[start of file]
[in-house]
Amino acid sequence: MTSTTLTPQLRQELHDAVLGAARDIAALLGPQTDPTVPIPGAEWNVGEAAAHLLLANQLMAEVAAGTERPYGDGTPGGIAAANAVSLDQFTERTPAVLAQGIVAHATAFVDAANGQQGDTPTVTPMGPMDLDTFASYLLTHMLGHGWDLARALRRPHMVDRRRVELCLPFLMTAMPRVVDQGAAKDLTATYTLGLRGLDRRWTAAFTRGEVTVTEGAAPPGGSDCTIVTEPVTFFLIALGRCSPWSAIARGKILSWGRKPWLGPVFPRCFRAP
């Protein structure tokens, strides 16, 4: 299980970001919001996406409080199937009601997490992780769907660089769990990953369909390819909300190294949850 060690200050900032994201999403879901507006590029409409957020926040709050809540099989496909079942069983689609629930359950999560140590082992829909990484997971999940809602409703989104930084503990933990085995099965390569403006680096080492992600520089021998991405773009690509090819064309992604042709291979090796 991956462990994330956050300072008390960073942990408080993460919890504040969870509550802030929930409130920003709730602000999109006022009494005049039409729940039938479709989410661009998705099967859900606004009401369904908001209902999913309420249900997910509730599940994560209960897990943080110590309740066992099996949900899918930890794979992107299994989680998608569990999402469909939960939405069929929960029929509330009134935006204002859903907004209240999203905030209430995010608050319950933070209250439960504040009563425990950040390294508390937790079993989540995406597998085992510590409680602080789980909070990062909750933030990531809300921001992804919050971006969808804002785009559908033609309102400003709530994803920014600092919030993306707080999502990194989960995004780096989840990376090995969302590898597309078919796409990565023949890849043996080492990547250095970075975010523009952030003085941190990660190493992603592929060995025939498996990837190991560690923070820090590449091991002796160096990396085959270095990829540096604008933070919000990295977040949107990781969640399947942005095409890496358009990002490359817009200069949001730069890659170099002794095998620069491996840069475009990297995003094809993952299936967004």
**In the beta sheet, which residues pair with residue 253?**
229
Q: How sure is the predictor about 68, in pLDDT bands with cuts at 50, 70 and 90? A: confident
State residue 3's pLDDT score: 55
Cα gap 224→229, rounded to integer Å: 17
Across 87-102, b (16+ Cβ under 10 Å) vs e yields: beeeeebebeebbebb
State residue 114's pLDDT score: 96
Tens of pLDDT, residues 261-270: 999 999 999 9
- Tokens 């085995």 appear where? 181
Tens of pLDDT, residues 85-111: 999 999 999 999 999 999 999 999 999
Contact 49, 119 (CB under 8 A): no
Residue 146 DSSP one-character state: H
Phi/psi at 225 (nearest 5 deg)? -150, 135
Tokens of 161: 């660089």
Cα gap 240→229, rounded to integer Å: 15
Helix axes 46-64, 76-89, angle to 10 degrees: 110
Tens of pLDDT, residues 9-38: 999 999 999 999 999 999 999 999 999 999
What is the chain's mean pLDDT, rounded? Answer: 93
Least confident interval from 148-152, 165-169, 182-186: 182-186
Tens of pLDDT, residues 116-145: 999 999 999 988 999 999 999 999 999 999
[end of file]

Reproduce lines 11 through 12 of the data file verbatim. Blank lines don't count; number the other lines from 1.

Tens of pLDDT, residues 261-270: 999 999 999 9
- Tokens 């085995």 appear where? 181